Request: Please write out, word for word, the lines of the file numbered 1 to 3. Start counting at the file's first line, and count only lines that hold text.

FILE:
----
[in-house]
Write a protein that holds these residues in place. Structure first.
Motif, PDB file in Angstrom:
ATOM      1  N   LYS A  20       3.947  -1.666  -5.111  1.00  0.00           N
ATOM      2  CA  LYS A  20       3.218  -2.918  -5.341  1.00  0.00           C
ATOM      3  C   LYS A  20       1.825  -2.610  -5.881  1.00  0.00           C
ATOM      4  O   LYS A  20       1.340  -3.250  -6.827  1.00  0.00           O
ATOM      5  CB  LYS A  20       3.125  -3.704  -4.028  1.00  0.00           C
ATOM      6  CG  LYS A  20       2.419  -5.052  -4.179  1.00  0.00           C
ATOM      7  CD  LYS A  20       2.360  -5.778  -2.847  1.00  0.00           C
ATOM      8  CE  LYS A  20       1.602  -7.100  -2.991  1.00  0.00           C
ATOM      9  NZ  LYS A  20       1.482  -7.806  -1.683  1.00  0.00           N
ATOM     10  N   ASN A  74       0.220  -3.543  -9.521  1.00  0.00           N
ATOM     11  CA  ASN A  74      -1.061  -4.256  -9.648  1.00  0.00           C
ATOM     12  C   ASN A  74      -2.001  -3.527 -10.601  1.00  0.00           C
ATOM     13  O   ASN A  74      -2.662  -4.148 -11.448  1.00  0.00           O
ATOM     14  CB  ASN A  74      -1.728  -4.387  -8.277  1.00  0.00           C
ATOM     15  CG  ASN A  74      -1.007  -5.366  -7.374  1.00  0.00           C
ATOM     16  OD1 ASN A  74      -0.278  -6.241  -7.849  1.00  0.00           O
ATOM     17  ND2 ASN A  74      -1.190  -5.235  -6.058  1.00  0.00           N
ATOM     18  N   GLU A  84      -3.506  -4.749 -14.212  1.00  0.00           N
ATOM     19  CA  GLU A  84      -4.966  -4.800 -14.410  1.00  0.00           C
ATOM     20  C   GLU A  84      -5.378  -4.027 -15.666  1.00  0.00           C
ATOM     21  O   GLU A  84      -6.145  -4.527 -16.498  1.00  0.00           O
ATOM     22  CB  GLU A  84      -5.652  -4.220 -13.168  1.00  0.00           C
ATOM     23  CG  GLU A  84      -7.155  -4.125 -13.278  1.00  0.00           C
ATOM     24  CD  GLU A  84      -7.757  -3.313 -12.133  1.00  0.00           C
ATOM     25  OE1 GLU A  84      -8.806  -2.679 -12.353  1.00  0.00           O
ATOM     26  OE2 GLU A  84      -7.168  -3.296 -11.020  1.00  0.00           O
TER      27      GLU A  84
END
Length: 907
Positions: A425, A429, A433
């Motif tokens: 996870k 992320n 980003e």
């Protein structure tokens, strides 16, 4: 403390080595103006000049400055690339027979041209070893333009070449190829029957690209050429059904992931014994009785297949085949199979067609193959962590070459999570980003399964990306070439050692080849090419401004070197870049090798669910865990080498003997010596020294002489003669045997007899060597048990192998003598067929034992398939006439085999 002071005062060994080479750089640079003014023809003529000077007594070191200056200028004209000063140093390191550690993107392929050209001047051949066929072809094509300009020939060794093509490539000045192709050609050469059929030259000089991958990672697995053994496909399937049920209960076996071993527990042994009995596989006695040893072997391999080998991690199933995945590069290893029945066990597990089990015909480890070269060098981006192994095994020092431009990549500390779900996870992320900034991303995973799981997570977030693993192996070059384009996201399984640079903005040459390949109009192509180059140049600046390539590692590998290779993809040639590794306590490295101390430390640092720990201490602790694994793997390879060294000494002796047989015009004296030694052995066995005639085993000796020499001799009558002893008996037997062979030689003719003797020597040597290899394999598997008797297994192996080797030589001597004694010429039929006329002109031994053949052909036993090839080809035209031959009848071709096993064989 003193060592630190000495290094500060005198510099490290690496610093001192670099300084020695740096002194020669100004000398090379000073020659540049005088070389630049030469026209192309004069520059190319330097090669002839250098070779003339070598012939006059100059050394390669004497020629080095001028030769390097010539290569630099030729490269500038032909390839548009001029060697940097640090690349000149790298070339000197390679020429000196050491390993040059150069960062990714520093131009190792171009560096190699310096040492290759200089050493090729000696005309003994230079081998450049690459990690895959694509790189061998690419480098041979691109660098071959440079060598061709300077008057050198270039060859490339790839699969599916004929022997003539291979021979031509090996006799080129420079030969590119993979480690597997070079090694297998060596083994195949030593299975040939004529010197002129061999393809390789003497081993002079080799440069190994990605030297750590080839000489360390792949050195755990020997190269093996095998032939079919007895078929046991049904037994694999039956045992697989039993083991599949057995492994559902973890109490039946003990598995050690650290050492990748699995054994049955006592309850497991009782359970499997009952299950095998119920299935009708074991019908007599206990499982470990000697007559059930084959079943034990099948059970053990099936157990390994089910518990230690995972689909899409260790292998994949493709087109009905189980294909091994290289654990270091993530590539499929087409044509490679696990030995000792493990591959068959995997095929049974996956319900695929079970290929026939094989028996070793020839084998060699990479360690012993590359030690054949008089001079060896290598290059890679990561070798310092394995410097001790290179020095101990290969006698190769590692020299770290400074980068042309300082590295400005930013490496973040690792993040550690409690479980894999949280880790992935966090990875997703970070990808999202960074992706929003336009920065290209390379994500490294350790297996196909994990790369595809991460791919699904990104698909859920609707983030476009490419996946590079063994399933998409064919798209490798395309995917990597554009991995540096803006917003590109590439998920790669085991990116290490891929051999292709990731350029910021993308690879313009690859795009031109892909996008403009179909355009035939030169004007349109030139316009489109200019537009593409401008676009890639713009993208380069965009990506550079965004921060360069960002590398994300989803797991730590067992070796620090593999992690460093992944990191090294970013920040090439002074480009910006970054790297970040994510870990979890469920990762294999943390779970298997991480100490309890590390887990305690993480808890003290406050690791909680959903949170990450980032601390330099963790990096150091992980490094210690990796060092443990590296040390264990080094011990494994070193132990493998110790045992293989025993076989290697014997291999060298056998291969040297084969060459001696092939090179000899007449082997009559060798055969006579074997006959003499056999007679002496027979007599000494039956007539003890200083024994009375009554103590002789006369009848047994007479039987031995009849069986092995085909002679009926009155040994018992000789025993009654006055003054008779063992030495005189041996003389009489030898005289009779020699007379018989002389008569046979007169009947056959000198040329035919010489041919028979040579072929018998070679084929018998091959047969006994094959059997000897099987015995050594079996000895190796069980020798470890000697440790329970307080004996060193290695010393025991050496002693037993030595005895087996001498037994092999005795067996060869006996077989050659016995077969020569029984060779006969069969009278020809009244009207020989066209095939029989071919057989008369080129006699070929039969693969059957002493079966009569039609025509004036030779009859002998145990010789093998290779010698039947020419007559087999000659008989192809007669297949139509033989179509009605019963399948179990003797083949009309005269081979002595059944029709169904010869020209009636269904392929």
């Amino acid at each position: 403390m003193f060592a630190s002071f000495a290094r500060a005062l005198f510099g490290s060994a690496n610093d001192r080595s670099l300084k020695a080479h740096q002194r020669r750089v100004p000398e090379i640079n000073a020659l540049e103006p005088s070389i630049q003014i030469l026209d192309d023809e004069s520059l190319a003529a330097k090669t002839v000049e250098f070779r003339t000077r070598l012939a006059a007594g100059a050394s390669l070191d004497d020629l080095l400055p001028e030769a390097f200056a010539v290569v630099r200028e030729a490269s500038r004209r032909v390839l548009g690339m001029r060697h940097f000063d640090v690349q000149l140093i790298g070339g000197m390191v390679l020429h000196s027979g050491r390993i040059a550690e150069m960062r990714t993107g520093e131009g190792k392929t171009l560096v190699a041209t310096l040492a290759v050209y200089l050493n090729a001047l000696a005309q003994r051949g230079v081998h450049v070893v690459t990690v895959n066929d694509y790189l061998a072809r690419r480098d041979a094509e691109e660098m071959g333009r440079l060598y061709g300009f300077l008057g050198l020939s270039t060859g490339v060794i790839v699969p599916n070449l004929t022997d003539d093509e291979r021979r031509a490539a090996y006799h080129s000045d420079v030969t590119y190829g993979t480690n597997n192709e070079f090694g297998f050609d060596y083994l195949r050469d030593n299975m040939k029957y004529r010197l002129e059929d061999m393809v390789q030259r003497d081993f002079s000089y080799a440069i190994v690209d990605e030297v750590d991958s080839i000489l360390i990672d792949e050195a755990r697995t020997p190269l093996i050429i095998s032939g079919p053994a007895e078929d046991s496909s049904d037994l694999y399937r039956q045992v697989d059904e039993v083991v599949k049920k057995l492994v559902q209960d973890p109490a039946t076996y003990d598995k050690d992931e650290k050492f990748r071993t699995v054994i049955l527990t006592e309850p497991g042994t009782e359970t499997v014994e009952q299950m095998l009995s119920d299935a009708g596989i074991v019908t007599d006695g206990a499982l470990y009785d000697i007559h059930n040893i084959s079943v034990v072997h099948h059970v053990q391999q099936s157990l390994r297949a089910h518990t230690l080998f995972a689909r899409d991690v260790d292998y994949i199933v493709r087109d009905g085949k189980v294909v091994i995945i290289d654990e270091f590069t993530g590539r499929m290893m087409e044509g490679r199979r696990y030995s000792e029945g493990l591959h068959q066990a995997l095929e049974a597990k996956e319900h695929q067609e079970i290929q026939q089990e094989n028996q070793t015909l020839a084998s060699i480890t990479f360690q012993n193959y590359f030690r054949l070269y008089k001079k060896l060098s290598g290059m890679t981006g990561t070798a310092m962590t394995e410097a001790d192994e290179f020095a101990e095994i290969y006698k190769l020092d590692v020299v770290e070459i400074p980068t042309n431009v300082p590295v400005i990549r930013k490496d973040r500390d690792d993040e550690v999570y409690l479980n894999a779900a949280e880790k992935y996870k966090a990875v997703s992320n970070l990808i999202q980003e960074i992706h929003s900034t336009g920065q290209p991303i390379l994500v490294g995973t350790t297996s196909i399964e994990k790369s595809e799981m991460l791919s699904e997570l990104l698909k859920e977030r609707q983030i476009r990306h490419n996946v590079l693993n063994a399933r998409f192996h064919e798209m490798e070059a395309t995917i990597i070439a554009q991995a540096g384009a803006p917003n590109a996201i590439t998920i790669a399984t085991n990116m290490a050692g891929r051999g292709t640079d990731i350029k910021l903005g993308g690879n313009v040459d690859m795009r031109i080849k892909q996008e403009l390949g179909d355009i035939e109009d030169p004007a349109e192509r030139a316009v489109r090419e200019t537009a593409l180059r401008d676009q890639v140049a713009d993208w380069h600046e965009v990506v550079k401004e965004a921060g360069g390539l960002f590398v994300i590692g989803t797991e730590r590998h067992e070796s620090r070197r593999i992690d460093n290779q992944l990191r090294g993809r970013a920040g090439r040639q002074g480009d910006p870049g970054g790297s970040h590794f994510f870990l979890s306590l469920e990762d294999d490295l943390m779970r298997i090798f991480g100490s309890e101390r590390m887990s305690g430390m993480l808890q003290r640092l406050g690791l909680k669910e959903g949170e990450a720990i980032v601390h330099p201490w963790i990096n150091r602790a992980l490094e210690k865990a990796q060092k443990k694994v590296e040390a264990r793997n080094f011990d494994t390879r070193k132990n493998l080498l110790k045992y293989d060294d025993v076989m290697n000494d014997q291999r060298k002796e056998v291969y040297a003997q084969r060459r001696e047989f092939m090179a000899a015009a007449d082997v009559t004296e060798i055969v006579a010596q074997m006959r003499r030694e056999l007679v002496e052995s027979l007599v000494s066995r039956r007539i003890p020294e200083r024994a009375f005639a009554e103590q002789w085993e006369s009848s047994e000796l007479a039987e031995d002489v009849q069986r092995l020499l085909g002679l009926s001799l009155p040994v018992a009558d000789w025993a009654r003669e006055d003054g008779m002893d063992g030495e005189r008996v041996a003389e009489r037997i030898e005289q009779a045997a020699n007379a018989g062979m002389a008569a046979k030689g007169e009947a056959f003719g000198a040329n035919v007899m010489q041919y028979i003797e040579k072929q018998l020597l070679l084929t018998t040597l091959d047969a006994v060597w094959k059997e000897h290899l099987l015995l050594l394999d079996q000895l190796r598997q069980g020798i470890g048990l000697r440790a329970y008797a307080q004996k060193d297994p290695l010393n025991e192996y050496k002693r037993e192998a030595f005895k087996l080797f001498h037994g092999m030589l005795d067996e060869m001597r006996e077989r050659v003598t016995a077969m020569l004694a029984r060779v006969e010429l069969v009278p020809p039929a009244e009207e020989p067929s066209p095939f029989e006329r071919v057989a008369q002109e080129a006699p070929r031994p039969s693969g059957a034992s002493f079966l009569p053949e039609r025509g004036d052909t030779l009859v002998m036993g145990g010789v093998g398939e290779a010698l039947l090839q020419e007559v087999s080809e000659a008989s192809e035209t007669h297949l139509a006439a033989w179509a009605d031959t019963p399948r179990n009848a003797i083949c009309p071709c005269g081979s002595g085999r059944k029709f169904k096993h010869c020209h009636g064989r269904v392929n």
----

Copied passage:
[in-house]
Write a protein that holds these residues in place. Structure first.
Motif, PDB file in Angstrom: